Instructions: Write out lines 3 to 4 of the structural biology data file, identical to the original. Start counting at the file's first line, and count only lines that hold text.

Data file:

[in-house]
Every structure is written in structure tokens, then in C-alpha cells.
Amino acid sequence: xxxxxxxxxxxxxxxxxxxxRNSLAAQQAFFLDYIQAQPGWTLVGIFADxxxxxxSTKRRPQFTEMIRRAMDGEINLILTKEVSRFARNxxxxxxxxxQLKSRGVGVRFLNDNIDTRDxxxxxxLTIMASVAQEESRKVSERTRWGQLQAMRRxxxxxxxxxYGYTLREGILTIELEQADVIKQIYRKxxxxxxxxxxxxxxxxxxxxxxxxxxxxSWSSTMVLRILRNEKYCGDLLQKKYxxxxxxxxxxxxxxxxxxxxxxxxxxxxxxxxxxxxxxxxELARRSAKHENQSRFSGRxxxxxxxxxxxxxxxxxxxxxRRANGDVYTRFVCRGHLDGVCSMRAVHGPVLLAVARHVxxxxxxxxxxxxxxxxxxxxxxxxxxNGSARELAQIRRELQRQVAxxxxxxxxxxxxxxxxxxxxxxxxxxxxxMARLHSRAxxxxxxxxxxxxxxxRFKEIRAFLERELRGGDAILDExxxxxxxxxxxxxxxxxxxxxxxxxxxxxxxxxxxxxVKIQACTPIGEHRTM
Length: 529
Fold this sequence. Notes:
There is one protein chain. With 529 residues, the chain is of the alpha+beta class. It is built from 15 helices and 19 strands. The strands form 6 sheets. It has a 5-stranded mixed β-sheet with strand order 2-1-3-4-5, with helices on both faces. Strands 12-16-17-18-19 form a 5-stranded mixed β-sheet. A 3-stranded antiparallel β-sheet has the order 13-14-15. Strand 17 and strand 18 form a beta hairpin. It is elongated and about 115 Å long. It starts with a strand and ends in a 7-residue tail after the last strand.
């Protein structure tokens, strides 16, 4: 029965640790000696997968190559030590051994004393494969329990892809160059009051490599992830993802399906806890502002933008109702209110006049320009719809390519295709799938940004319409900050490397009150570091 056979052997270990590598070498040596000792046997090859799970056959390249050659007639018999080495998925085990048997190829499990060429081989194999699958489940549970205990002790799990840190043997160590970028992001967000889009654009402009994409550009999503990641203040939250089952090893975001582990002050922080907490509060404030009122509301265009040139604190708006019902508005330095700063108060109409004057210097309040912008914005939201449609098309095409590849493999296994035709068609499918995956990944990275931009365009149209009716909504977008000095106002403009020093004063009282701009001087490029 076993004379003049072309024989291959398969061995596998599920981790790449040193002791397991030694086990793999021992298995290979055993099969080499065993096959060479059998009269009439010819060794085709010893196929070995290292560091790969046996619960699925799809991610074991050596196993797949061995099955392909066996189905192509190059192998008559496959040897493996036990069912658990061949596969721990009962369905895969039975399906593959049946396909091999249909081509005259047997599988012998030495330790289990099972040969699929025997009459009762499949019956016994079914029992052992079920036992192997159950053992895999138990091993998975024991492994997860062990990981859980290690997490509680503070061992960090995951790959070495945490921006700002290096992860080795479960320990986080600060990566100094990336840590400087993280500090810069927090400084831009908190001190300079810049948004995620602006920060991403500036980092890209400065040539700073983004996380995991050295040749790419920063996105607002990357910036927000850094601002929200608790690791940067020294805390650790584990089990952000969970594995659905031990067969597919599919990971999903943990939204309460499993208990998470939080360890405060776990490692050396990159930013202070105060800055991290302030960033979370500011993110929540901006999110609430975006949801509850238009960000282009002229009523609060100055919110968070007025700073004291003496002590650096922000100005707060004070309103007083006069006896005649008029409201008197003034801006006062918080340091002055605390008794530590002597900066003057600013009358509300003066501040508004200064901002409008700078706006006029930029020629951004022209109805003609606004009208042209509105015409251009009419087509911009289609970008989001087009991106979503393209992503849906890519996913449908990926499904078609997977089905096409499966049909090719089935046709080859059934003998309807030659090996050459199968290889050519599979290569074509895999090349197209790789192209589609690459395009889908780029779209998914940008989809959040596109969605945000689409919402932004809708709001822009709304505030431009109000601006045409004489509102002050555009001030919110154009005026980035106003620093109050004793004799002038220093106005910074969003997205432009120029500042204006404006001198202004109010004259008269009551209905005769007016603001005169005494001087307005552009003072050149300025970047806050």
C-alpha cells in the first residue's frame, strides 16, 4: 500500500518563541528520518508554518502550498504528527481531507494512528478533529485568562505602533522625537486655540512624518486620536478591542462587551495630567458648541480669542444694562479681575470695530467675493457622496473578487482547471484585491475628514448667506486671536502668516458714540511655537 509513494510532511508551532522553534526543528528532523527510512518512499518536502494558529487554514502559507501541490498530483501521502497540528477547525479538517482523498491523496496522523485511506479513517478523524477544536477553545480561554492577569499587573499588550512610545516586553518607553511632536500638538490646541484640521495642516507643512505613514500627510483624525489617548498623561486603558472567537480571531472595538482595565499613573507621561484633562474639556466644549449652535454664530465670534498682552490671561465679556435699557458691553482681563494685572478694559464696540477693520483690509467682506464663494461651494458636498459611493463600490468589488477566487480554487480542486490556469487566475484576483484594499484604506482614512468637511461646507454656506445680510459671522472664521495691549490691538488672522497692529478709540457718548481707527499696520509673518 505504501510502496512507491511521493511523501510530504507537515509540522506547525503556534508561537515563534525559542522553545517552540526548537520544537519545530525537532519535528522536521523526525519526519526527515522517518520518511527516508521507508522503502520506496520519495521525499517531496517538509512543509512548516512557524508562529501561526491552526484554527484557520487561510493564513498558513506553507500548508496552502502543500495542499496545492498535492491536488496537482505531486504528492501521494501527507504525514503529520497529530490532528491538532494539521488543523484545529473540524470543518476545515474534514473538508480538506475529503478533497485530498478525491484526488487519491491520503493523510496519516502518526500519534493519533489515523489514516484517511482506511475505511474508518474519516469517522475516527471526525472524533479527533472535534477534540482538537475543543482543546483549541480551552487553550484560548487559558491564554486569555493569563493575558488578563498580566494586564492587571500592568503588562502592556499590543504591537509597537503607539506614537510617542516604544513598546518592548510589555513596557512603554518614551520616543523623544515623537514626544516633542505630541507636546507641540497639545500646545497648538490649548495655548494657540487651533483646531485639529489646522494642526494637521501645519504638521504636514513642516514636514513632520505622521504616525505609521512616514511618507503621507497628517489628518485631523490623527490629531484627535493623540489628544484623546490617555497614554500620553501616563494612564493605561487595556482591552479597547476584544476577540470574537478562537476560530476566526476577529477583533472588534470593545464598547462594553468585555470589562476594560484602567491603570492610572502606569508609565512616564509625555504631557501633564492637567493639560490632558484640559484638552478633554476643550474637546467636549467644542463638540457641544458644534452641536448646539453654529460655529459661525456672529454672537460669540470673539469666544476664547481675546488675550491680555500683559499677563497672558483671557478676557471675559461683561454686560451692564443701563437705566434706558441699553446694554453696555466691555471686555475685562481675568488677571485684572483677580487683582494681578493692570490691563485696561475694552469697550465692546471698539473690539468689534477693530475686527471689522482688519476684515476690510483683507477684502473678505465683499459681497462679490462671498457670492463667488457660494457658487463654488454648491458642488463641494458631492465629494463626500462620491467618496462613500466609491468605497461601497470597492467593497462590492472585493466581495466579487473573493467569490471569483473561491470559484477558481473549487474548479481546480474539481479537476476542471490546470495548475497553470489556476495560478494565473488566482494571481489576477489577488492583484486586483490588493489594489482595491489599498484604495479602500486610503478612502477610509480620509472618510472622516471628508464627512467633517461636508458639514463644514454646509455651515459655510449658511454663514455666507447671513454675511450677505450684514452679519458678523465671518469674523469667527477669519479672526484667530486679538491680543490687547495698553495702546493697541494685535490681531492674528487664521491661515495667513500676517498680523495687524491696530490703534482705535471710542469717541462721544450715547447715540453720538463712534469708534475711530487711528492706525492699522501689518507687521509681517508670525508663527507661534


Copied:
Amino acid sequence: xxxxxxxxxxxxxxxxxxxxRNSLAAQQAFFLDYIQAQPGWTLVGIFADxxxxxxSTKRRPQFTEMIRRAMDGEINLILTKEVSRFARNxxxxxxxxxQLKSRGVGVRFLNDNIDTRDxxxxxxLTIMASVAQEESRKVSERTRWGQLQAMRRxxxxxxxxxYGYTLREGILTIELEQADVIKQIYRKxxxxxxxxxxxxxxxxxxxxxxxxxxxxSWSSTMVLRILRNEKYCGDLLQKKYxxxxxxxxxxxxxxxxxxxxxxxxxxxxxxxxxxxxxxxxELARRSAKHENQSRFSGRxxxxxxxxxxxxxxxxxxxxxRRANGDVYTRFVCRGHLDGVCSMRAVHGPVLLAVARHVxxxxxxxxxxxxxxxxxxxxxxxxxxNGSARELAQIRRELQRQVAxxxxxxxxxxxxxxxxxxxxxxxxxxxxxMARLHSRAxxxxxxxxxxxxxxxRFKEIRAFLERELRGGDAILDExxxxxxxxxxxxxxxxxxxxxxxxxxxxxxxxxxxxxVKIQACTPIGEHRTM
Length: 529